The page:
While we’re bringing the community together, let’s talk about modding. The ability to connect to a friend’s desktop doesn’t just facilitate gaming sessions, but collaborative work on modding projects. There are several uses that could be helpful here. If you’re both working on something at the same time, you can switch between each other’s desktops to glance at your virtual workbenches, and discuss what you’re doing if you’re mic’d up. You could demonstrate techniques to someone, by having them watch what you’re doing as you stream your desktop directly to them. If there’s enough trust, you could grant them access to virtually pick up tools on your PC!

Obviously there are other ways to connect and communicate, but direct access to your desktop allows for demonstrations and quick sharing of work. If you’re collaborating on a roster, Parsec would allow a fellow team member on the project to preview what you’ve done and provide immediate feedback, without you having to send them any screenshots, documents, or the roster file itself. You could work out issues in real time, and help troubleshoot when something isn’t coming together. In essence, it could create a virtual modding studio! And of course, when it comes time to test out the project, you’ve already got someone connected who can just pick up a controller.

5. Inspiring New Content Based on Parsec Sessions

Chris Paul in the OKC Valentine's Day Jersey (NBA Live 10)

With Parsec opening up so many possibilities with basketball gaming and modding, it stands to reason that it also invites creative new ideas for content. Dee4Three has put together several highlight reels from community games. We’ve also discussed the possibility of live streaming, or providing commentary with our highlights, perhaps as an extension of the NLSC Podcast. It’d be possible to create collaborate reviews and mod showcases, or undertake co-op challenges. Obviously, we’ve been running an NBA Live 10 Tournament. It could even lead to a new form of modding tutorials, where both participants share info, or one asks questions on the audience’s behalf.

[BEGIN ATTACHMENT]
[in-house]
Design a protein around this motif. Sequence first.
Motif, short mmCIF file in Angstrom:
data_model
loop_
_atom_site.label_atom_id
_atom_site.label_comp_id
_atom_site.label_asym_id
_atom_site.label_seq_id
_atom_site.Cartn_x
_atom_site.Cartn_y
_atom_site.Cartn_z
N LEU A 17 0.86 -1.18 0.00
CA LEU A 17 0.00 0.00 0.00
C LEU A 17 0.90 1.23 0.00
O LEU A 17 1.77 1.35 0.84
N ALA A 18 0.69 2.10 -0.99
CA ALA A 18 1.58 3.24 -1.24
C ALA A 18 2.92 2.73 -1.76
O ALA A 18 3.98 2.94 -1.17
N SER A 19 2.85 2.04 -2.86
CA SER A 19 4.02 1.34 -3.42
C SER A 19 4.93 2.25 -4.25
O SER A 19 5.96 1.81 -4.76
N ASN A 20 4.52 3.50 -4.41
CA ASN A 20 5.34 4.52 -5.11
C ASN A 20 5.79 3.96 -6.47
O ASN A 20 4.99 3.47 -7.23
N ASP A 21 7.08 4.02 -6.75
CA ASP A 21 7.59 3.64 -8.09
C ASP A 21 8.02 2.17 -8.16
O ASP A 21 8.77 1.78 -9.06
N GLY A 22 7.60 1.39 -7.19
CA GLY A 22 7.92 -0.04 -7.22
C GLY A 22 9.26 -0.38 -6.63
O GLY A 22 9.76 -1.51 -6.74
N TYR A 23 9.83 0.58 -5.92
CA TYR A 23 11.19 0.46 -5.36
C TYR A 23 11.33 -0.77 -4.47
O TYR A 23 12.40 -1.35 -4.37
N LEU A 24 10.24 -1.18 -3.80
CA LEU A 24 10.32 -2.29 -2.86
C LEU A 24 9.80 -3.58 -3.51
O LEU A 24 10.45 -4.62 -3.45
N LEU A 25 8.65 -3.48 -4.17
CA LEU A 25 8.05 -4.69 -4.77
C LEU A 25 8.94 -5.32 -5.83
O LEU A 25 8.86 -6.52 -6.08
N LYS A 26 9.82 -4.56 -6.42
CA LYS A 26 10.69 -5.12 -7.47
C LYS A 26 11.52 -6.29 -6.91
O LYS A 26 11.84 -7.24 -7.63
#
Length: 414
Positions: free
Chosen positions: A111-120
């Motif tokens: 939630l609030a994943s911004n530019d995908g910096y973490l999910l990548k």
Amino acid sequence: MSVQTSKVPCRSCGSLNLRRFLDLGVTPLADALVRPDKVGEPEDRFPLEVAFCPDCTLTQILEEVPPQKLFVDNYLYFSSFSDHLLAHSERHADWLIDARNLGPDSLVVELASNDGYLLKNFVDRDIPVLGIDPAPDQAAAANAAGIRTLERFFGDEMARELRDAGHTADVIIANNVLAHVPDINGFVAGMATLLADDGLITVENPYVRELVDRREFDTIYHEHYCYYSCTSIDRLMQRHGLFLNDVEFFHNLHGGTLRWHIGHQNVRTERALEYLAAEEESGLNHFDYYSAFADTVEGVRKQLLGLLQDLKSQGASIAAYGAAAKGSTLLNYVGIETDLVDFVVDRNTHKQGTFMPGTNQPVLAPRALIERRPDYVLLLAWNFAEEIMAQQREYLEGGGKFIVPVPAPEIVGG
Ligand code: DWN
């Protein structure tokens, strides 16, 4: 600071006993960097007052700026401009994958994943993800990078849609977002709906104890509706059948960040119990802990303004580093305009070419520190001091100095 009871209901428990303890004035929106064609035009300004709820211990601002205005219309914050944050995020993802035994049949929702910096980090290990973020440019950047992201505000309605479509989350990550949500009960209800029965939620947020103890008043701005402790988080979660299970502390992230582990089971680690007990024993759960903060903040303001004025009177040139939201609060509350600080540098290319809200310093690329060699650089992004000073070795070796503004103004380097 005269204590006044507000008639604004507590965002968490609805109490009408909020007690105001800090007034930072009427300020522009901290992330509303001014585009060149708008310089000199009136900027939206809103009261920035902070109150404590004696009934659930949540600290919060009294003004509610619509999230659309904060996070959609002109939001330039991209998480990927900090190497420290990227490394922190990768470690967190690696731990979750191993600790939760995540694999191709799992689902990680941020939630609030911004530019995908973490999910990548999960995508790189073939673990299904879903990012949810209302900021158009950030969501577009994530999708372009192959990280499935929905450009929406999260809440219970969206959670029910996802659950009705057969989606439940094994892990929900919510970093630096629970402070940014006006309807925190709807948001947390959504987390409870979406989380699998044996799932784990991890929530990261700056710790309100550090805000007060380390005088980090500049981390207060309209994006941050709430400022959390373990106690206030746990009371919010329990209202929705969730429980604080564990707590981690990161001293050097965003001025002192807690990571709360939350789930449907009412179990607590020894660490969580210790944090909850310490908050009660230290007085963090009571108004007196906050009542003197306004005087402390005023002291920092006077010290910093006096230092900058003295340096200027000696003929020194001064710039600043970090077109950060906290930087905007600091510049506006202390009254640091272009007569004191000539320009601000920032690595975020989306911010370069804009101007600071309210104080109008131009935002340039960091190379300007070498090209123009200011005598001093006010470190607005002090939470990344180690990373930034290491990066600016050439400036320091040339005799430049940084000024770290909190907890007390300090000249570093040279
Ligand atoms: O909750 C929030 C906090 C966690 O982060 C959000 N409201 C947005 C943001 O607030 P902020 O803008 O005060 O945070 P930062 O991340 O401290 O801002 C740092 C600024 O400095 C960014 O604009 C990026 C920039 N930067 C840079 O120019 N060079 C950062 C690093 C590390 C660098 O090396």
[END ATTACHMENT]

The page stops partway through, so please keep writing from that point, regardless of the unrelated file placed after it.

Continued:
Needless to say, these are not all original ideas. I’ve seen content creators in other communities connect via Parsec to play co-op games. From the looks of things, it’s already being put to great use in the Let’s Play scene. As far as basketball gaming is concerned, Parsec clearly isn’t needed if you’re playing the online team play modes in the latest title, but if you’re producing retro content and want to team up with someone who can’t be sitting next to you, it can do the job and with stellar performance. Once again, if the content that you’re producing is mods, then the functionality that Parsec provides can ably assist you in connecting and collaborating on various projects.

Have you tried Parsec yet? If so, what have your experiences been like? What other possibilities can you see Parsec facilitating for basketball gaming? Have your say in the comments, and as always, feel free to take the discussion to the NLSC Forum! That’s all for this week, so thanks for checking in, have a great weekend, and please join me again next Friday for another Five.